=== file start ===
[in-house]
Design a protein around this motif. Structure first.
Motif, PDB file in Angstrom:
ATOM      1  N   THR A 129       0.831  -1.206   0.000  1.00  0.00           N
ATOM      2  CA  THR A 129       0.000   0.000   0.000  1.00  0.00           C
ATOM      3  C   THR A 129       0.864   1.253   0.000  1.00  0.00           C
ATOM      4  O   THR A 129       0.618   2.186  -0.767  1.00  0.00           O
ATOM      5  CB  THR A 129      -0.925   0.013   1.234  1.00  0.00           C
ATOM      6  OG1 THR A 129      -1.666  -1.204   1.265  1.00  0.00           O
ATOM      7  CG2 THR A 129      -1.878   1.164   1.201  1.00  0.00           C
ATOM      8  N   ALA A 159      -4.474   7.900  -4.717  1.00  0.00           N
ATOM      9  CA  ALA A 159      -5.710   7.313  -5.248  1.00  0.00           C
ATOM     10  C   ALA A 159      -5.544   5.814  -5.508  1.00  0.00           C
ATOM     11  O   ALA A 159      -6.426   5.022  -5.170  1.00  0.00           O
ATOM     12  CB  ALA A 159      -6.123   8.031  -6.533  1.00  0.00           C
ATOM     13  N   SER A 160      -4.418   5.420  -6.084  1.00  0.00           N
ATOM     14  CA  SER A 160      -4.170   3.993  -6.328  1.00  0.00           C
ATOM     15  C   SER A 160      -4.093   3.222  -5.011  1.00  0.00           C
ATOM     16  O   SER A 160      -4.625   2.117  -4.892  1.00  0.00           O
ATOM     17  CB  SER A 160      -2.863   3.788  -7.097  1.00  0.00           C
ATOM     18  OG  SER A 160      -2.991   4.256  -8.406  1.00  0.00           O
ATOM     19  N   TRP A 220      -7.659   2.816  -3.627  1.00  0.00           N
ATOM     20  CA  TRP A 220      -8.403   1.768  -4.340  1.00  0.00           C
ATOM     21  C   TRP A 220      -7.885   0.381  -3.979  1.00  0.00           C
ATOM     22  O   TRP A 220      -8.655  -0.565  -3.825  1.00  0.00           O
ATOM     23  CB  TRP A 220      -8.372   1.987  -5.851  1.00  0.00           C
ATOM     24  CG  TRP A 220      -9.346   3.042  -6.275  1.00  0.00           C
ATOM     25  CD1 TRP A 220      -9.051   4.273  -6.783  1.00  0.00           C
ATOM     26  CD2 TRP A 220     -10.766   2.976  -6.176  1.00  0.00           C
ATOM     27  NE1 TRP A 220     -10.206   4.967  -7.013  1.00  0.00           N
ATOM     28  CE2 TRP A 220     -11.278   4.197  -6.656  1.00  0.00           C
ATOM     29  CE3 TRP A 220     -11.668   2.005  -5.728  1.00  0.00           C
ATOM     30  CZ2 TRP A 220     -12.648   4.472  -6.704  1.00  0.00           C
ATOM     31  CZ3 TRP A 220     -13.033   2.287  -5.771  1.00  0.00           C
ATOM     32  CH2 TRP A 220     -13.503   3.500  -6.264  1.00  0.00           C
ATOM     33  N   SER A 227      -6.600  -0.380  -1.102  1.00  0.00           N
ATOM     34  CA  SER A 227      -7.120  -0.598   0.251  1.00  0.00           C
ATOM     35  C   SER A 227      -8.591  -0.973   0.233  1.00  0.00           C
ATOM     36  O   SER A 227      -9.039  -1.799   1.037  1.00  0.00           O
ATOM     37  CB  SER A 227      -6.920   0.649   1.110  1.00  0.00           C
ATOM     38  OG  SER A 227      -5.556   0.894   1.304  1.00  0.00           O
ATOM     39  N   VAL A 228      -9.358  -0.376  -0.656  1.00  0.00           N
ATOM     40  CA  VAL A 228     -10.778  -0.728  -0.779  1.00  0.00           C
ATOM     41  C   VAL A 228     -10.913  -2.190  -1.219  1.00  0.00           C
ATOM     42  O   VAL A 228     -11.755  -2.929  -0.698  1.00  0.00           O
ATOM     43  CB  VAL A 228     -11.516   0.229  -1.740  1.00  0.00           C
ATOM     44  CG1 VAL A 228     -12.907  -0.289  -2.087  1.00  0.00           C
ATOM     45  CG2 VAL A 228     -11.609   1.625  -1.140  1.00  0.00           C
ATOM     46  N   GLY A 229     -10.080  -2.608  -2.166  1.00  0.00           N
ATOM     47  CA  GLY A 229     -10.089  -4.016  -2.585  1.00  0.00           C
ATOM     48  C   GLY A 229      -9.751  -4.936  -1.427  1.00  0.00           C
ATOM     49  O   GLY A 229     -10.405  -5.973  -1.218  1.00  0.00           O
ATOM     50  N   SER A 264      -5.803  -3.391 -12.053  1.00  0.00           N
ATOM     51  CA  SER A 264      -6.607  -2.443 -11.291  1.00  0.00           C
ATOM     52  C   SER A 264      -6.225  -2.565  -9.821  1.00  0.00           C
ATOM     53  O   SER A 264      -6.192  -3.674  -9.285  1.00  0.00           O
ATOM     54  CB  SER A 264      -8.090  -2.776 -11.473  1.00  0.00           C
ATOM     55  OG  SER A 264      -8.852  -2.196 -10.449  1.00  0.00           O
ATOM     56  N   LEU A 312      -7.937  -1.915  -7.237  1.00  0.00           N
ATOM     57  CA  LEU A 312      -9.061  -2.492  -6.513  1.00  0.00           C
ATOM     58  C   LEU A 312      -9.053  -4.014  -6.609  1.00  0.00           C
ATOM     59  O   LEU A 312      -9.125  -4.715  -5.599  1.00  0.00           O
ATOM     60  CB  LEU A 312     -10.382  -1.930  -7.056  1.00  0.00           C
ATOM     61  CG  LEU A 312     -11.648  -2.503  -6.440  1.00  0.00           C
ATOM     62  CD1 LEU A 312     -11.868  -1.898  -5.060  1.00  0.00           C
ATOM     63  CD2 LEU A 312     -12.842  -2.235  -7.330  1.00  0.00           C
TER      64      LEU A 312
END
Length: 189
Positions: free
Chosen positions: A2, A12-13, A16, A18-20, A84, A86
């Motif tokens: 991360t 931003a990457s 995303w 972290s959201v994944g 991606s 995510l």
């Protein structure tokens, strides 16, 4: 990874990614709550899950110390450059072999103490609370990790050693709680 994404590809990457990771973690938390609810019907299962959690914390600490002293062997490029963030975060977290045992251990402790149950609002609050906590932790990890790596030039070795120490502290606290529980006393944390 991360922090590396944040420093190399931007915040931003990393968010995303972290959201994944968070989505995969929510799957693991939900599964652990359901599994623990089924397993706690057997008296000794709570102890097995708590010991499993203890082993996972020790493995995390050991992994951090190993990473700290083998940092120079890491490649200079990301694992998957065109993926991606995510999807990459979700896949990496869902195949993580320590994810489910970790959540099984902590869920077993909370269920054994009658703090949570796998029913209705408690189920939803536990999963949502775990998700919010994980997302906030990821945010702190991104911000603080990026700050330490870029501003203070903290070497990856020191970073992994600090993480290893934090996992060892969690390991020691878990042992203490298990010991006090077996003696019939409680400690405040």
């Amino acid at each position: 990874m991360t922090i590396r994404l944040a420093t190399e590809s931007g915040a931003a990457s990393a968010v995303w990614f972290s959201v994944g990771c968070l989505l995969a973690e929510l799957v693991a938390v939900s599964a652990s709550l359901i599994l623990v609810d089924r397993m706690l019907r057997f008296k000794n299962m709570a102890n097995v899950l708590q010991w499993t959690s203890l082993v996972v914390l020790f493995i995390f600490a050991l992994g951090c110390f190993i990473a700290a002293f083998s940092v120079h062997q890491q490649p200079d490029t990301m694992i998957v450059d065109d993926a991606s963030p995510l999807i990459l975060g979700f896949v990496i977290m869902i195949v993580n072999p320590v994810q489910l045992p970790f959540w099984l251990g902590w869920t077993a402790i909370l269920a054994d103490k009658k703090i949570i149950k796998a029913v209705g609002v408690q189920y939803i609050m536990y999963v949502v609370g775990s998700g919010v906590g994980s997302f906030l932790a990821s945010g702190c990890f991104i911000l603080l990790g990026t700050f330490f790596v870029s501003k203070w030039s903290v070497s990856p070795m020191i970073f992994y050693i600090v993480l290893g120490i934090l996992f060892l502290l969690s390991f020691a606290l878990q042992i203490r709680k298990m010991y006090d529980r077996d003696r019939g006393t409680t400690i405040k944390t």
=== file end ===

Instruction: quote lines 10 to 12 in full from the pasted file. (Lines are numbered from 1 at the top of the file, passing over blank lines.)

ATOM      7  CG2 THR A 129      -1.878   1.164   1.201  1.00  0.00           C
ATOM      8  N   ALA A 159      -4.474   7.900  -4.717  1.00  0.00           N
ATOM      9  CA  ALA A 159      -5.710   7.313  -5.248  1.00  0.00           C